(Note: the judges made a small mistake, and CryptoMiniSat only won 1 gold and 1 silver medal. Details below.)
CryptoMiniSat‘s SAT Competition’11 version, “Strange Night” won two gold medals at the competition: one shared with lingeling at the parallel SAT+UNSAT Applications track, and one at the parallel UNSAT Applications track. This is a great result, and I would like to thank everyone who helped me and the solver achieve this result: my fiancée, my current employer, Security Research Labs and Karsten Nohl in particular, who started the whole CryptoMiniSat saga, my former employer, INRIA Rhone-Alpes and in particular Claude Castelluccia, and finally, all the kind people at the development mailing list. Without the help of all these people, CryptoMiniSat would probably never exist in the first place, much less win such distinguished awards.
The competition was very though this year, and so it is particularly good that we have managed to win two gold medals. The most gold medals were won by the portifolio solver ppfolio, winning 5 gold medals — all other solvers won at most 2 gold medals. CryptoMiniSat did very well in the parallel applications track, basically winning all gold medals that ppfolio didn’t win — and ppfolio was using an older version of CryptoMiniSat as one of its internal engines, essentially making CryptoMiniSat compete with itself (and other strong solvers such as lingeling and clasp). Unfortunately, CryptoMiniSat didn’t win any awards at the sequential applications track, as most awards there were won by very new solvers such as Glucose ver 2 and GlueMiniSat. The source code and PDF description of these solvers are not yet available, but they will be shortly at the SAT Competition website.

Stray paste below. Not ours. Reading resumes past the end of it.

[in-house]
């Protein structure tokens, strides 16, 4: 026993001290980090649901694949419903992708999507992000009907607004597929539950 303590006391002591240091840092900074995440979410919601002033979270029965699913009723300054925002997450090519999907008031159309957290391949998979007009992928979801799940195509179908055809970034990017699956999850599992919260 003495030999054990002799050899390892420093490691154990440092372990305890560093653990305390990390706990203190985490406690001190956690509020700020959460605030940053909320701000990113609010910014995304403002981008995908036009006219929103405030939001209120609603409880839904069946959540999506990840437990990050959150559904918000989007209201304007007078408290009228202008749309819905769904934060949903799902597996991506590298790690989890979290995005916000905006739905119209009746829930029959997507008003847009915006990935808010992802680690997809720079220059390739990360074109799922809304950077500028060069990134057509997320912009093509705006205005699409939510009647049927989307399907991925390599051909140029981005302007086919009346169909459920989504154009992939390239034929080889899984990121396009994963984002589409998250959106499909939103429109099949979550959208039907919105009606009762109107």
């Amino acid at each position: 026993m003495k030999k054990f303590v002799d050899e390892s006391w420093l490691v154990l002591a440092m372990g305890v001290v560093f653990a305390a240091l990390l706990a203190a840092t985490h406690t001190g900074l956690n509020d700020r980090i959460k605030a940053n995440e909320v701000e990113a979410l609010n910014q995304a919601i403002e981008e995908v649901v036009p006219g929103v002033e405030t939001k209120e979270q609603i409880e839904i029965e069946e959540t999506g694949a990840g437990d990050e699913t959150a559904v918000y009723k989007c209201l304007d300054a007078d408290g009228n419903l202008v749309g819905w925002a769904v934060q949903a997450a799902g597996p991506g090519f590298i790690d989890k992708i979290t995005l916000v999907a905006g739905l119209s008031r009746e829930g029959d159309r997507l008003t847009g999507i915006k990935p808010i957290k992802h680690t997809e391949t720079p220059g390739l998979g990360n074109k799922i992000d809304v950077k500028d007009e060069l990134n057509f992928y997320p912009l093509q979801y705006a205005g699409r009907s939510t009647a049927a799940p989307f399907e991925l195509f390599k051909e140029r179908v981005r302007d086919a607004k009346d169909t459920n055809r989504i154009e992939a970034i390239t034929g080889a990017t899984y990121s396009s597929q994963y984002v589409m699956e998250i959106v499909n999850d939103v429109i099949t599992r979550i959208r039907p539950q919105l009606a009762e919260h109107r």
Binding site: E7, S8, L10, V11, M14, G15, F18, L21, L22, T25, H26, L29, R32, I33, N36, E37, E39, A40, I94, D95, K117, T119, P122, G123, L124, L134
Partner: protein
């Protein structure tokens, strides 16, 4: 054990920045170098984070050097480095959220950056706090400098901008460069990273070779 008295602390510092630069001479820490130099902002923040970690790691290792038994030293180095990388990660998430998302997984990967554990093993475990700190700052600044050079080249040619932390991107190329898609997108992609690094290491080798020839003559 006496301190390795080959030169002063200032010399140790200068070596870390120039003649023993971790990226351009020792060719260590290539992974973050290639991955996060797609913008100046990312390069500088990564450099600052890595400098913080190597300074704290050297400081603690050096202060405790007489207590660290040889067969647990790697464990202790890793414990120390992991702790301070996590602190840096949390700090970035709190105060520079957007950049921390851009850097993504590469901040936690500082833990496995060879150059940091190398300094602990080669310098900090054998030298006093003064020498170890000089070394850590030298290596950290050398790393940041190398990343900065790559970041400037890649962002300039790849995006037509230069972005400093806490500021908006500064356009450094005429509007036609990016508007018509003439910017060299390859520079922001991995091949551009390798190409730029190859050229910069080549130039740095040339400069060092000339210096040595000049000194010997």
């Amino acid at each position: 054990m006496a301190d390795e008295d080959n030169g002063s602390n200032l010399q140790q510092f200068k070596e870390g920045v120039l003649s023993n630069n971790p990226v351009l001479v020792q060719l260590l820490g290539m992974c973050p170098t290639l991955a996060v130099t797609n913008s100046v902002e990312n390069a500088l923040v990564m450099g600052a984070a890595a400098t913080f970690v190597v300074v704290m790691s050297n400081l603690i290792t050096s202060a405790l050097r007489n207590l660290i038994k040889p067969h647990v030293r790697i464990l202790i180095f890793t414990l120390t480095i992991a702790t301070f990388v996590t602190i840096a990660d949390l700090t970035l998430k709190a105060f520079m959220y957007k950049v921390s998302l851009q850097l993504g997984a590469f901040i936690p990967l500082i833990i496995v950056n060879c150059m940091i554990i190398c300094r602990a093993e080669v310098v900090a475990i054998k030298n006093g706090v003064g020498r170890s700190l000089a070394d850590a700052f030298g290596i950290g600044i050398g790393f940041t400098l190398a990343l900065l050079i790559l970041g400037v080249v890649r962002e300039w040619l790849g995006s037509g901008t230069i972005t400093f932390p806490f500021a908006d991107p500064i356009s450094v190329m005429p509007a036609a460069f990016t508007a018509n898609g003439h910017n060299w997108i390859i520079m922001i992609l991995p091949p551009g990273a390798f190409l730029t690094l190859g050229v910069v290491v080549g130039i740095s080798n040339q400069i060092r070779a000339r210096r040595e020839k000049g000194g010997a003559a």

Overall, I think CryptoMiniSat did very well, considering that I was not very optimistic given the fact that I didn’t manage to finish the new generation (3.x) of the solver, and had to submit a variant of the very old CryptoMiniSat 2.7.0. Furthermore, in the past year I have been concentrating on ideas external to the clause learning of SAT solvers, and it seems that the best way to speed up SAT solvers is to attack the core of the solver: the learning engine. So, this year will be about cleaning up all the external ideas and implementing new ones into the core of the solver.
Once again, thanks to everyone who helped CryptoMiniSat get such high rankings, and I am looking forward to the next year for a similarly good competition!
Edited to add (29/06): The judges just informed me that they made a mistake, and the originally presented results were erroneous. CryptoMiniSat won 1 gold and 1 siver, as lingeling was faster by about 7% in speed in the parallel SAT+UNSAT track. Congratulations to Armin Biere for winning this track!